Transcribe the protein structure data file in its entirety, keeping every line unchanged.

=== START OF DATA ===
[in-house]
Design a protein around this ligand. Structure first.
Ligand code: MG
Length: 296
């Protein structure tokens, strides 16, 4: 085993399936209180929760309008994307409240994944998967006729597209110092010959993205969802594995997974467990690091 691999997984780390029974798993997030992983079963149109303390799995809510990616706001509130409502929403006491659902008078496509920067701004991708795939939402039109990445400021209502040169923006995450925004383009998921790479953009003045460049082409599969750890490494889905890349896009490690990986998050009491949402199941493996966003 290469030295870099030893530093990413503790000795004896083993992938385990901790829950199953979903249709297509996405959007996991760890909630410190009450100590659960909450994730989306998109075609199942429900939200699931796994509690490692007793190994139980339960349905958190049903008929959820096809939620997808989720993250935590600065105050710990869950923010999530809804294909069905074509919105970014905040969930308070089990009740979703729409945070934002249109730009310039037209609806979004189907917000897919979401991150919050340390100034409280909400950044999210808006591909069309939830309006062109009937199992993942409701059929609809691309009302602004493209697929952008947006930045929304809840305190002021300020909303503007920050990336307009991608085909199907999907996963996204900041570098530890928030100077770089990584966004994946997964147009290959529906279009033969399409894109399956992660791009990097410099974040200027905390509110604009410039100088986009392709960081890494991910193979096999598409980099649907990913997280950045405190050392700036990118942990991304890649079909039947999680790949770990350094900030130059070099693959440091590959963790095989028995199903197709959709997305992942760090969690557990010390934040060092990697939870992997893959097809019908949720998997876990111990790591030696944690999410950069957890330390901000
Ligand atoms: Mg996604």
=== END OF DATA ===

[in-house]
Design a protein around this ligand. Structure first.
Ligand code: MG
Length: 296
């Protein structure tokens, strides 16, 4: 085993399936209180929760309008994307409240994944998967006729597209110092010959993205969802594995997974467990690091 691999997984780390029974798993997030992983079963149109303390799995809510990616706001509130409502929403006491659902008078496509920067701004991708795939939402039109990445400021209502040169923006995450925004383009998921790479953009003045460049082409599969750890490494889905890349896009490690990986998050009491949402199941493996966003 290469030295870099030893530093990413503790000795004896083993992938385990901790829950199953979903249709297509996405959007996991760890909630410190009450100590659960909450994730989306998109075609199942429900939200699931796994509690490692007793190994139980339960349905958190049903008929959820096809939620997808989720993250935590600065105050710990869950923010999530809804294909069905074509919105970014905040969930308070089990009740979703729409945070934002249109730009310039037209609806979004189907917000897919979401991150919050340390100034409280909400950044999210808006591909069309939830309006062109009937199992993942409701059929609809691309009302602004493209697929952008947006930045929304809840305190002021300020909303503007920050990336307009991608085909199907999907996963996204900041570098530890928030100077770089990584966004994946997964147009290959529906279009033969399409894109399956992660791009990097410099974040200027905390509110604009410039100088986009392709960081890494991910193979096999598409980099649907990913997280950045405190050392700036990118942990991304890649079909039947999680790949770990350094900030130059070099693959440091590959963790095989028995199903197709959709997305992942760090969690557990010390934040060092990697939870992997893959097809019908949720998997876990111990790591030696944690999410950069957890330390901000
Ligand atoms: Mg996604």